Pal-Mates … weekend web tip

Thinking of their feet.
The current Avian Influenza housing/netting restrictions for waterfowl may impact on foot health.
Build up of Ammonia from faeces in bedding or bacteria in the soil can contribute to drying of webs, callus formation and Staphylococcus aureus bacterial foot/leg infections.
Consideration for foot health actually starts from the moment a duckling hatches from the egg since the rearing environment and choice of bedding can have implications on their feet too. Hatching ducklings too early in the breeding season can prevent them being put outside on clean grass — which is known to help with healthy feet.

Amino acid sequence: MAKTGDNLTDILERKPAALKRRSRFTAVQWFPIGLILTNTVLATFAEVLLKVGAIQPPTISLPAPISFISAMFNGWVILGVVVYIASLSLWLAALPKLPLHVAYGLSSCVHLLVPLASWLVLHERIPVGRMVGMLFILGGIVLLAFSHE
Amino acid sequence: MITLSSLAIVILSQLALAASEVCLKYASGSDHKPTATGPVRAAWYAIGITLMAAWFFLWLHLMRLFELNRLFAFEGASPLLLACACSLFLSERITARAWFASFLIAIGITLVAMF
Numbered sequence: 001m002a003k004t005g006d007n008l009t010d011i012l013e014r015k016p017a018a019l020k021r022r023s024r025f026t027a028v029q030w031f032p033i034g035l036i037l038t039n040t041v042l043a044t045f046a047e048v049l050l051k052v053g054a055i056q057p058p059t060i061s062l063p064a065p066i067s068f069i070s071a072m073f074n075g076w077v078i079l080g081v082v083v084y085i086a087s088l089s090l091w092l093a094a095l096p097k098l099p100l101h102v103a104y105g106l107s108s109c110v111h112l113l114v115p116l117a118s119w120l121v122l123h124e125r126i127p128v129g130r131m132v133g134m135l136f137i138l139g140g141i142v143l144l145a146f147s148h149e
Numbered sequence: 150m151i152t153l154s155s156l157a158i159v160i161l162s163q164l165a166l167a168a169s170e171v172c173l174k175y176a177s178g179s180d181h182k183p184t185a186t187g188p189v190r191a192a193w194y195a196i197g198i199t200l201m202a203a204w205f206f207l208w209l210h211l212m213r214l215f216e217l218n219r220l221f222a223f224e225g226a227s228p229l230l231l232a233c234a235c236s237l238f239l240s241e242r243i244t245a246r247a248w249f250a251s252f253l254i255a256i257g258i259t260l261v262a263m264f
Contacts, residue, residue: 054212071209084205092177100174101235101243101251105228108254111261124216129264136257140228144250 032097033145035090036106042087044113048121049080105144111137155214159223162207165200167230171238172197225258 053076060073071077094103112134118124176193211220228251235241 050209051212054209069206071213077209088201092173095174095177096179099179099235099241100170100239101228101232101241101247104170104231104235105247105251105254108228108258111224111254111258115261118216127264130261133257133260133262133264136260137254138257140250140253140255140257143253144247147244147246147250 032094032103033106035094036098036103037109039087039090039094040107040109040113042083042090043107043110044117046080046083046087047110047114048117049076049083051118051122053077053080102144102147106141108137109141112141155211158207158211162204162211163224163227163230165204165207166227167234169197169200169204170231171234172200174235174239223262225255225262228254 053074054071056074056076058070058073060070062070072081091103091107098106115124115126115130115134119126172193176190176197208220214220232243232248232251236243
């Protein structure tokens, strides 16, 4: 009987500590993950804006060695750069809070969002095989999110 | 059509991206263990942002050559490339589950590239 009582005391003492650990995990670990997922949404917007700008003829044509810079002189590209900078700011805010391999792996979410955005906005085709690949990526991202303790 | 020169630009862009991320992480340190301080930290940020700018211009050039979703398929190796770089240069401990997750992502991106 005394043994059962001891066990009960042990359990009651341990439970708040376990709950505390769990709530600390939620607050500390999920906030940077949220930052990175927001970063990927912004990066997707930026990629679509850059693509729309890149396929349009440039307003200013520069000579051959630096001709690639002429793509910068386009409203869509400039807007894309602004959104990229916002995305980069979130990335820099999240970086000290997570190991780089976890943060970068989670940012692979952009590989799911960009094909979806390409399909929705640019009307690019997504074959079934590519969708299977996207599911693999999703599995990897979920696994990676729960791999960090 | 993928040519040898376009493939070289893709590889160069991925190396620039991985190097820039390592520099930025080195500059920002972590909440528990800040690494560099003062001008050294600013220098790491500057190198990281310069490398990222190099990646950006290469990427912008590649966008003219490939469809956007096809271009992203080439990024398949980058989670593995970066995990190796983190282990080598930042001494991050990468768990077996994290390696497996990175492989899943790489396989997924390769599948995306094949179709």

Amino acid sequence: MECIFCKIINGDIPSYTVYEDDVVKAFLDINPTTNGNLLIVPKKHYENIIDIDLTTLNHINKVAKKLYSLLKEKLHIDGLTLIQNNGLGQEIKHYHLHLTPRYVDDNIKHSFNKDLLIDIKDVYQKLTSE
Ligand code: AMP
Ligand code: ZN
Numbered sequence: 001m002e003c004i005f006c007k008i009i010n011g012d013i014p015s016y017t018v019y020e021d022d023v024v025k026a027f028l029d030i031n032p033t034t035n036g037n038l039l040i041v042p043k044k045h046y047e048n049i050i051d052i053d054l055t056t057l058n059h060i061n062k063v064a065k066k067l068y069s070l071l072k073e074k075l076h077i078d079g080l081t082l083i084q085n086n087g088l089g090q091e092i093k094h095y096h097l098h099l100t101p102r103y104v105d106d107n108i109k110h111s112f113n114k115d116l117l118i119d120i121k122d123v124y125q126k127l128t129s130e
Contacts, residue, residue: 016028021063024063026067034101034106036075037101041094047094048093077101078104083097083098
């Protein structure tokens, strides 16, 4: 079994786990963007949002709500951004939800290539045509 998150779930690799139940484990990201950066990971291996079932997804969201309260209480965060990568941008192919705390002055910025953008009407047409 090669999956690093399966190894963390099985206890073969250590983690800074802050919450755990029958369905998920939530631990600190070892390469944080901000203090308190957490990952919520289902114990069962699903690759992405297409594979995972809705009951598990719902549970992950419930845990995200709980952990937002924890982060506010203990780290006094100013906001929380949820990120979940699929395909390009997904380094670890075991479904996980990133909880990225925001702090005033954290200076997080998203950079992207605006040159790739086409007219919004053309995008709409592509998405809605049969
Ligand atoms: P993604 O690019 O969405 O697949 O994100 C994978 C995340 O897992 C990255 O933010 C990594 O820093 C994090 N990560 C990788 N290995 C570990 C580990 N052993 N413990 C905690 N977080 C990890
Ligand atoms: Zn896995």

Domestics such as the heavy breeds, Indian Runners and geese are more vulnerable to foot problems. Veterinary advice & treatment with antibiotics is often successful, but some birds infected with more unusual soil bacteria fail to respond.
If you make hard-edged ponds, it may be worth grinding sharp edges to reduce the psoosibility of injury. River-washed gravel is kinder to feet than crushed rock if you ar looking for a clean hard substrate.
Think of your birds' feet as we approach the winter months. Quite apart form the obvious welfare issues, does extensive callus formation or a missing toenail impact on a birds performance at a national show when competing against fowl with perfect feet for Supreme Show Champion?